Each of the tanks is designed to hold approximately 50,000 barrels of liquid products. Each has a fixed roof and an internal floating roof. The internal floating roof sits on top of the product, and is designed to rise and fall with the level of the product contained in the tank. Ten vent sections are cut out of the top of each of the tanks. Five of the openings are designed exclusively for air ventilation. The remaining five vents are designed for both air ventilation and product overflow.
In its bid GATX specified that "venting for all tanks (including overflows for covered floating roof tanks) based on 2500 BBLS/Hour, Fill and Emptying Pumping Rates." This notifies the purchaser that the overflow vents will allow 2500 barrels of products per hour to flow out of the tank, and is used by the purchaser to establish the maximum flow rate of products pumped into the tank. Tesoro contends that the overflow vent on tanks 23 and 24 could not accommodate the 2500 barrel per hour fill rate testified by GATX.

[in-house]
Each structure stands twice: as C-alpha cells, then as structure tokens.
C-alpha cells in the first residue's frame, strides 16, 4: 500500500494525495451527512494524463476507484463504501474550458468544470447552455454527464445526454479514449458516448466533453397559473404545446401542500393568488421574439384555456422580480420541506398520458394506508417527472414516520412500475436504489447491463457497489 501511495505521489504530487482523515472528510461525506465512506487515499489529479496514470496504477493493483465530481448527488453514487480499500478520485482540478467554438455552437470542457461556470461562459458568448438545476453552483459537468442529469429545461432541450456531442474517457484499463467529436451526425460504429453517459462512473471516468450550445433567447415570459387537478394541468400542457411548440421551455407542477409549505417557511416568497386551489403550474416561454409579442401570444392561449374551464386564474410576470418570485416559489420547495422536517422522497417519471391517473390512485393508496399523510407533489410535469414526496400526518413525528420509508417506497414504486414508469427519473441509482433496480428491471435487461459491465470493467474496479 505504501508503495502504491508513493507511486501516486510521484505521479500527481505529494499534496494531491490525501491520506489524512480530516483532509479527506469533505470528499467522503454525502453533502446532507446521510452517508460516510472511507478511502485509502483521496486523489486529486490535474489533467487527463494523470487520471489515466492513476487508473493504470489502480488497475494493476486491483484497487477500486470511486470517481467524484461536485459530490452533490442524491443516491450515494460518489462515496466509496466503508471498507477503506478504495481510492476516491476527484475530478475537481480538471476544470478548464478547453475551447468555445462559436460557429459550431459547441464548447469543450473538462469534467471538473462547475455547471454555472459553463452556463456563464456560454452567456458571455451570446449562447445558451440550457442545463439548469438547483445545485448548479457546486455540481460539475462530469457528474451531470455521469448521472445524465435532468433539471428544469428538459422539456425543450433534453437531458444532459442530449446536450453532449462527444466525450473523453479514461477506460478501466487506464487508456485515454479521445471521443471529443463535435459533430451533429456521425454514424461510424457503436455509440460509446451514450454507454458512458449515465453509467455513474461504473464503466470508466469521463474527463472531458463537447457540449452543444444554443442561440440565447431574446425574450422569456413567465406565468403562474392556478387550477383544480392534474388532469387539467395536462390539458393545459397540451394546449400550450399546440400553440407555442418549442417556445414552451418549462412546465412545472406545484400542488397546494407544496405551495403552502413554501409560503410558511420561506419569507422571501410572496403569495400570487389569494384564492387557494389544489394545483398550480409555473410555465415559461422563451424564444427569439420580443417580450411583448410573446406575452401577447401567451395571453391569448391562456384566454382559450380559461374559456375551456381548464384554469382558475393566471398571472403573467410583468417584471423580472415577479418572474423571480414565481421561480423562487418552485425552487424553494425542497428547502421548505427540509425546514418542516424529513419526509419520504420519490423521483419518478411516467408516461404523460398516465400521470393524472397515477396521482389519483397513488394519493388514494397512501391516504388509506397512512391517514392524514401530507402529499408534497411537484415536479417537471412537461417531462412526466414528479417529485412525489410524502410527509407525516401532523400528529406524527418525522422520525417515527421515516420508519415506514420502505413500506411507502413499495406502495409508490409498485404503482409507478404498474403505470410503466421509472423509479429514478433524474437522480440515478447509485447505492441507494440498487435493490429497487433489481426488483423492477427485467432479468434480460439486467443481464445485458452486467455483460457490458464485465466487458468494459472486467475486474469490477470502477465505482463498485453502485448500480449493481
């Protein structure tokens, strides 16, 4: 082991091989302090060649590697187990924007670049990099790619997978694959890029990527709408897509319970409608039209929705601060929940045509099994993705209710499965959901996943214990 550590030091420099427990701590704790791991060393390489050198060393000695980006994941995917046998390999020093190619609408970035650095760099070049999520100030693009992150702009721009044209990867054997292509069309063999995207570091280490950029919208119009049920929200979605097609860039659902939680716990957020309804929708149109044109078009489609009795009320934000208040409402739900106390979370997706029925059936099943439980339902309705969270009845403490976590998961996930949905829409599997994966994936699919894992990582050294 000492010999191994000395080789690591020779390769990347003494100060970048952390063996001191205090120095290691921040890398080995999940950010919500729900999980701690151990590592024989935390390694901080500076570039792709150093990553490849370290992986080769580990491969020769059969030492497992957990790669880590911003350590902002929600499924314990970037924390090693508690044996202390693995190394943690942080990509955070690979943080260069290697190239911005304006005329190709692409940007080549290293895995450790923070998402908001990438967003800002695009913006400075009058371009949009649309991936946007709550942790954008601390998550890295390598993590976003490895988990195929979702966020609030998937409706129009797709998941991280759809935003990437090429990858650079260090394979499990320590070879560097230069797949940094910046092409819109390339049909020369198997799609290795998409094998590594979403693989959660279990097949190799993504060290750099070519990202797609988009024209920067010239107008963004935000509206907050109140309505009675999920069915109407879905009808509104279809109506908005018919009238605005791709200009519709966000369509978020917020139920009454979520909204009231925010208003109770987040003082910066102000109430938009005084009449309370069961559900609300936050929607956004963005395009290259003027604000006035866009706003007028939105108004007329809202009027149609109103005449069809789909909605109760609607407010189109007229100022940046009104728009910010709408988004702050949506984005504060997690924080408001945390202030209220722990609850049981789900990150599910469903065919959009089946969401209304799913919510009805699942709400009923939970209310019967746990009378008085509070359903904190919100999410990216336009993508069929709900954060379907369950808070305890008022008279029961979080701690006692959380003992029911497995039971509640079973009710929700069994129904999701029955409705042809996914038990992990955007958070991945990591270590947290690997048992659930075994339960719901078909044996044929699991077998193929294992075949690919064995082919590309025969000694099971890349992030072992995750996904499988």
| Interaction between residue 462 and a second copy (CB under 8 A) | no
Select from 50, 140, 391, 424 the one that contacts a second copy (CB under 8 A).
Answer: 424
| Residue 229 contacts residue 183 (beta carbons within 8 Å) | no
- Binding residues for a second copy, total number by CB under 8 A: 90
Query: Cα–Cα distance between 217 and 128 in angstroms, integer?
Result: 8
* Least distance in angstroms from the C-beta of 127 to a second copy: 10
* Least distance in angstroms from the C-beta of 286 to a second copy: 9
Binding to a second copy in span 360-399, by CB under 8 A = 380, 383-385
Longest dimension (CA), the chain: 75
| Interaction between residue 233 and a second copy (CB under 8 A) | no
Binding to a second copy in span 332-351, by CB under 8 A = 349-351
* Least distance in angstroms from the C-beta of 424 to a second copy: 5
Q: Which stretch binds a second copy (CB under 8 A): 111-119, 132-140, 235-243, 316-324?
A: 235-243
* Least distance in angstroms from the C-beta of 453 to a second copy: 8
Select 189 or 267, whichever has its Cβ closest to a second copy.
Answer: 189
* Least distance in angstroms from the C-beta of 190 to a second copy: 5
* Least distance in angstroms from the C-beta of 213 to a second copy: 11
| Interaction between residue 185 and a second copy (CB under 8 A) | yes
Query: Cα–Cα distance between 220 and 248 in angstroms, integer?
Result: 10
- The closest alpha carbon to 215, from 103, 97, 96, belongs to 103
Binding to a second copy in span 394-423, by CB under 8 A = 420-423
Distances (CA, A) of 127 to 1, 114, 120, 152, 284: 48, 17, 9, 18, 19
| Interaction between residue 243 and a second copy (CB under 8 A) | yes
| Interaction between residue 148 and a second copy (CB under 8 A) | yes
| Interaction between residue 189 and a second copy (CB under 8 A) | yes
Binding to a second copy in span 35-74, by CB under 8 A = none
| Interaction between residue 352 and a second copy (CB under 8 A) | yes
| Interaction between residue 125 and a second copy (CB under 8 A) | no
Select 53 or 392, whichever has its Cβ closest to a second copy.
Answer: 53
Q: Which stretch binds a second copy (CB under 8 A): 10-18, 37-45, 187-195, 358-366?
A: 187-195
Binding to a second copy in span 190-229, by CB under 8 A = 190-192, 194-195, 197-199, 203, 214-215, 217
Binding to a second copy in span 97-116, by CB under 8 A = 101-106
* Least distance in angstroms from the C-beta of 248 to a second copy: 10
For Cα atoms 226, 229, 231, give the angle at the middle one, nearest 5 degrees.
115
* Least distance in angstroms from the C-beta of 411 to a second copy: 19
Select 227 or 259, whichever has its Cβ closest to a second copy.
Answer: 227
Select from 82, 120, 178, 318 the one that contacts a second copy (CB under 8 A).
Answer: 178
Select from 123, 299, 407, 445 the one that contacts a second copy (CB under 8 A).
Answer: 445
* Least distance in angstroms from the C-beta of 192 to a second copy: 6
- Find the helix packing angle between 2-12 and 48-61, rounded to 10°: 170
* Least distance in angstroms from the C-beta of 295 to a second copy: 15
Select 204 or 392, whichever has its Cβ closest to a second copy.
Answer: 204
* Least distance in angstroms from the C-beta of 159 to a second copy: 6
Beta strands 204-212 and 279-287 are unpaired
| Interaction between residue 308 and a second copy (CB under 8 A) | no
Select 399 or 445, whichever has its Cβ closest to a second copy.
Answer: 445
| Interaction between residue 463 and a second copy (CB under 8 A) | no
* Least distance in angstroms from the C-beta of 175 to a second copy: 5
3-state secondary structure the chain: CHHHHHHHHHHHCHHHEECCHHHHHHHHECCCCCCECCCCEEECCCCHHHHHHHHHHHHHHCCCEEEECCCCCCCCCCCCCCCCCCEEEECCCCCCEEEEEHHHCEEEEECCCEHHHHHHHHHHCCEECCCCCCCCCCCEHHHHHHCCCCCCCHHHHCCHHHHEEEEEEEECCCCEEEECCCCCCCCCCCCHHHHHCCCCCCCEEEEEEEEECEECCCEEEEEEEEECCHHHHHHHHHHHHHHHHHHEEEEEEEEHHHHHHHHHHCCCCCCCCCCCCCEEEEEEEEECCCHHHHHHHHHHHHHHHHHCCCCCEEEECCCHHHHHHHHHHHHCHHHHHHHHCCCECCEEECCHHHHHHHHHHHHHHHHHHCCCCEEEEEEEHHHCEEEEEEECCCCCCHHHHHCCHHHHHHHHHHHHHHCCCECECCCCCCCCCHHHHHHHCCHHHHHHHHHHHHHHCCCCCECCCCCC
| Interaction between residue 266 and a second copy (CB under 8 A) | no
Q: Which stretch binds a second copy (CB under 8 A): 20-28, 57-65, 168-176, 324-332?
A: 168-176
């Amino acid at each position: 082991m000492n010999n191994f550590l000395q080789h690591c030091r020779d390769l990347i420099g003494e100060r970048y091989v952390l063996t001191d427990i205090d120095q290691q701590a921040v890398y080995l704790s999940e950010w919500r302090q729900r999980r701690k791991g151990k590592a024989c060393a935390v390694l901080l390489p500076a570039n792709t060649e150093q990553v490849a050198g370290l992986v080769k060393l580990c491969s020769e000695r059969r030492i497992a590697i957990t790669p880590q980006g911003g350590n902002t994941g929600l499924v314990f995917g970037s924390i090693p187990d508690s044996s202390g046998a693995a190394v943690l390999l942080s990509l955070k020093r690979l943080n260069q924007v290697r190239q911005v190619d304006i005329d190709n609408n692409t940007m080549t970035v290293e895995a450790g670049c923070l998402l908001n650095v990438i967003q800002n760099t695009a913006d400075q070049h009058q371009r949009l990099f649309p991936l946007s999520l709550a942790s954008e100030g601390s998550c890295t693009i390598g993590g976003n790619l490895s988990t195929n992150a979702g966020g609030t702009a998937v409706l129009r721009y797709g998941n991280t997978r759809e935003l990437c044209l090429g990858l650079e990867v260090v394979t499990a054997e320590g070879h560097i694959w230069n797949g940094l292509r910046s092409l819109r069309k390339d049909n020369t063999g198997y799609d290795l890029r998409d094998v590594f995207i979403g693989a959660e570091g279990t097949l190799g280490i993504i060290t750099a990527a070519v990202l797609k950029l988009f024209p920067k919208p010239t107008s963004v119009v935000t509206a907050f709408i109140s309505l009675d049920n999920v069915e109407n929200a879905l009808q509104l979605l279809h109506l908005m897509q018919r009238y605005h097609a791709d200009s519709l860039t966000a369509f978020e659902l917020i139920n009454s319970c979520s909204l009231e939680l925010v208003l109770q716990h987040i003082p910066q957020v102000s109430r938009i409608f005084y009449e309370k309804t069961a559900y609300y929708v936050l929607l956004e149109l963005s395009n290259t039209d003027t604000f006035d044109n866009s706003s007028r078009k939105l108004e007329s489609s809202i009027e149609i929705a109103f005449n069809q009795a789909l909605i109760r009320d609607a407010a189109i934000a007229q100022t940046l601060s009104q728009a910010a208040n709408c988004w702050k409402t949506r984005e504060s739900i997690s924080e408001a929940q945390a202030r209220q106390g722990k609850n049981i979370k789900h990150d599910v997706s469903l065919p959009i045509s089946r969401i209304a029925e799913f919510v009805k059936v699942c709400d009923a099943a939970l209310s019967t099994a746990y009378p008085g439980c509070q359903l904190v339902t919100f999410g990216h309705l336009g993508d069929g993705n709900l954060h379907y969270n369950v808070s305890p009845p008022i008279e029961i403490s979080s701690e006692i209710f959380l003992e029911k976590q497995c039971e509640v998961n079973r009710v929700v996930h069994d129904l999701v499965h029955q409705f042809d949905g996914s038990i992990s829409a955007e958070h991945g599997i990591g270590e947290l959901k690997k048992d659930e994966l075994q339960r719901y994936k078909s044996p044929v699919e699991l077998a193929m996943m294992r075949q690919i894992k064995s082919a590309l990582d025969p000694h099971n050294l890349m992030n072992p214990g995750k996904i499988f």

An accident occurred on April 8, 1978 at Tesoro's Carrizo Springs refinery during the transfer of gasoline into tank 23, when a Tesoro employee overfilled tank 23, causing gasoline to spill out of the tanks through the overflow vents. Once the overflow was discovered, the transfer was stopped and clean-up operations were initiated. Tesoro's employees subsequently climbed on top of tank 23 and discovered that the internal floating roof was no longer floating on the gasoline. After the tank was taken out of service, an inspection confirmed that the internal floating roof had indeed sunk to the bottom of the tank, causing damage to the tank. There is testimony that subsequent investigations showed that the tank did not have the specified venting protection. Tesoro made modifications and repairs to the tank which it deemed necessary. Tesoro subsequently brought this suit against GATX, claiming that the tanks were not as represented. The case was tried before a jury and a number of special issues were submitted. The jury found that GATX had committed certain deceptive trade practices and breaches of warranty, and also found the amount of damages. GATX timely perfected its appeal.